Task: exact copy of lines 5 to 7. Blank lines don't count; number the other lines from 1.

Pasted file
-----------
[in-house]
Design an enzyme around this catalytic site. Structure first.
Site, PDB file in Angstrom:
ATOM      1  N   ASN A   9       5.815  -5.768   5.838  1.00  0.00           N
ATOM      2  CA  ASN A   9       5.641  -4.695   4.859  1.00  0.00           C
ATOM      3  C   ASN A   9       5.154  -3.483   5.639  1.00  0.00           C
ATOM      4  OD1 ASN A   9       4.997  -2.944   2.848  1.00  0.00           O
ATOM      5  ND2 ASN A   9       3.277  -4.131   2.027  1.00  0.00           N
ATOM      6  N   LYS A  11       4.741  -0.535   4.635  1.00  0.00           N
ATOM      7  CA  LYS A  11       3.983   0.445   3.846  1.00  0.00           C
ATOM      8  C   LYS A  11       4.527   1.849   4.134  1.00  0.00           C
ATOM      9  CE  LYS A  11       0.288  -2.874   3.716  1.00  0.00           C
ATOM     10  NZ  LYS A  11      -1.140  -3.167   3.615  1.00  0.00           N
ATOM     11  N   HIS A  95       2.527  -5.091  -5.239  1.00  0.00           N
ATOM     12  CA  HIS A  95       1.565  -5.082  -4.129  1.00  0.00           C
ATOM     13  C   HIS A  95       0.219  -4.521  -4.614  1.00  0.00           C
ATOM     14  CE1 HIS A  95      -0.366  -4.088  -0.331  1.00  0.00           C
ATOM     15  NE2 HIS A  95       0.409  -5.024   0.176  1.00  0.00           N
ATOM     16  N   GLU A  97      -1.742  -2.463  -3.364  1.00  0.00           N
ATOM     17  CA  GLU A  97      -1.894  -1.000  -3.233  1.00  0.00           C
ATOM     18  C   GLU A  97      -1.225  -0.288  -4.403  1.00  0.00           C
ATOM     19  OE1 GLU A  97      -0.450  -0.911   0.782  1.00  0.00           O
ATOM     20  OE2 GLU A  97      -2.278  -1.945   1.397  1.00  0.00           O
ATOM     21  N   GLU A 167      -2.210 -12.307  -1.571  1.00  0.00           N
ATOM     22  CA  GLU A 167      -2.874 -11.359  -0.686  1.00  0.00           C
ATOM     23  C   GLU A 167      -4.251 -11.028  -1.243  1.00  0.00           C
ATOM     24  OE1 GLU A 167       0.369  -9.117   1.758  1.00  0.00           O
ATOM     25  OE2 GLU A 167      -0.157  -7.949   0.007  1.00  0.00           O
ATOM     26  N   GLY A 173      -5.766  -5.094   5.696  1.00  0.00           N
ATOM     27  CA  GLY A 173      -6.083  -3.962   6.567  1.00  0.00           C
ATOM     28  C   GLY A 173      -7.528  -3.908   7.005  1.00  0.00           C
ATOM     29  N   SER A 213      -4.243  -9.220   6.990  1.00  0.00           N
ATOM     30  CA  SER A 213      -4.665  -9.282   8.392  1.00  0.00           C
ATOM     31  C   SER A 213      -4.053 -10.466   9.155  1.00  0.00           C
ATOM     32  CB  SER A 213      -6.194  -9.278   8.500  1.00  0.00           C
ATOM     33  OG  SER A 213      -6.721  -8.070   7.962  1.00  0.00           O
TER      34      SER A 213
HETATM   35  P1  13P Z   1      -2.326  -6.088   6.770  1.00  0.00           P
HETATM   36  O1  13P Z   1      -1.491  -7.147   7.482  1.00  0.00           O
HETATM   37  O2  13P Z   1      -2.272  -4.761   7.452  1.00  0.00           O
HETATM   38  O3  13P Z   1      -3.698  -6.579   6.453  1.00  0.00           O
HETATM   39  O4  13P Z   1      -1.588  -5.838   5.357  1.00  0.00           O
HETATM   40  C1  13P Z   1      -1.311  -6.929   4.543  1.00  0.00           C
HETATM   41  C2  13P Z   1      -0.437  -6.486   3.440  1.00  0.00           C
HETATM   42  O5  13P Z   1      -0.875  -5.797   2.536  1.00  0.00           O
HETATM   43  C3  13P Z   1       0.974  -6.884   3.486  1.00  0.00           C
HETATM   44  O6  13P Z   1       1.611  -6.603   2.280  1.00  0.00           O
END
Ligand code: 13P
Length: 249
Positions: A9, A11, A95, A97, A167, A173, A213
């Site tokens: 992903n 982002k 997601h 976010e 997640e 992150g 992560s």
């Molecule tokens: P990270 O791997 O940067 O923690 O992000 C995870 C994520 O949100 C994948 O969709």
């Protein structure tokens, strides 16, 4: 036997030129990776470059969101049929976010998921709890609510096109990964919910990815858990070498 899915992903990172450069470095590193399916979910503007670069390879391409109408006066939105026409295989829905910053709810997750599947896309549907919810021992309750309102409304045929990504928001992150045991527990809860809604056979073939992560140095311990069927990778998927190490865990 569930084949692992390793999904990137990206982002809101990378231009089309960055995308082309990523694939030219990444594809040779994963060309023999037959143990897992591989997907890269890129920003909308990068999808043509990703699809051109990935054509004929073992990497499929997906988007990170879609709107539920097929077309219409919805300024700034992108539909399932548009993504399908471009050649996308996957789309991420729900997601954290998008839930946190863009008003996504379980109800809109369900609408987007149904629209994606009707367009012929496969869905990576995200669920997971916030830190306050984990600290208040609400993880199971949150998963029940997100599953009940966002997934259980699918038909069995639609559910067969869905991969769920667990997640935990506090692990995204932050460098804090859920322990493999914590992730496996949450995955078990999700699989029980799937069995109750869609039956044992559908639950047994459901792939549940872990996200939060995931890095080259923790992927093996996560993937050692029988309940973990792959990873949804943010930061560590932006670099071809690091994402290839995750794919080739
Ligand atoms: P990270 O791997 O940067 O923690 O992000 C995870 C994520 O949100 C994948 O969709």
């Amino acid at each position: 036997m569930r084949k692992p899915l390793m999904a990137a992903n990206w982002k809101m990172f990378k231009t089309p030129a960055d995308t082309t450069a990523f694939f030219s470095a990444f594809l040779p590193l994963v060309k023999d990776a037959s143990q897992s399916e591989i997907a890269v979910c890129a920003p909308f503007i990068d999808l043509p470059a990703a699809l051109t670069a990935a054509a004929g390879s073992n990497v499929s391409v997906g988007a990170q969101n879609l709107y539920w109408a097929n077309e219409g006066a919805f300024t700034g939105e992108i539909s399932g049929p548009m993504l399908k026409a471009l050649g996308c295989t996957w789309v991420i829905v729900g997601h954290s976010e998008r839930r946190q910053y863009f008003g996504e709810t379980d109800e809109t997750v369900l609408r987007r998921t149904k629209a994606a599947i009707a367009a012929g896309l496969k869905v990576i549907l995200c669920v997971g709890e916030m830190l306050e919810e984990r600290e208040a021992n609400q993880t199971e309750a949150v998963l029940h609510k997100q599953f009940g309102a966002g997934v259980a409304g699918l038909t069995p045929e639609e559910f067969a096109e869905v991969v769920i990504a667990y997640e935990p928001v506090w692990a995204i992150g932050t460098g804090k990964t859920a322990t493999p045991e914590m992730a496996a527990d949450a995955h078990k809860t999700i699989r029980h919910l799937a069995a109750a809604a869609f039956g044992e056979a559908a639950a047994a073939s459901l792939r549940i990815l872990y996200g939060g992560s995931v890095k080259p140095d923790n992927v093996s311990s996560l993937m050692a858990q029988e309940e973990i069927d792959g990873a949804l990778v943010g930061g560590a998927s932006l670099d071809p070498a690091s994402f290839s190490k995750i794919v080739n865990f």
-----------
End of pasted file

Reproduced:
ATOM      2  CA  ASN A   9       5.641  -4.695   4.859  1.00  0.00           C
ATOM      3  C   ASN A   9       5.154  -3.483   5.639  1.00  0.00           C
ATOM      4  OD1 ASN A   9       4.997  -2.944   2.848  1.00  0.00           O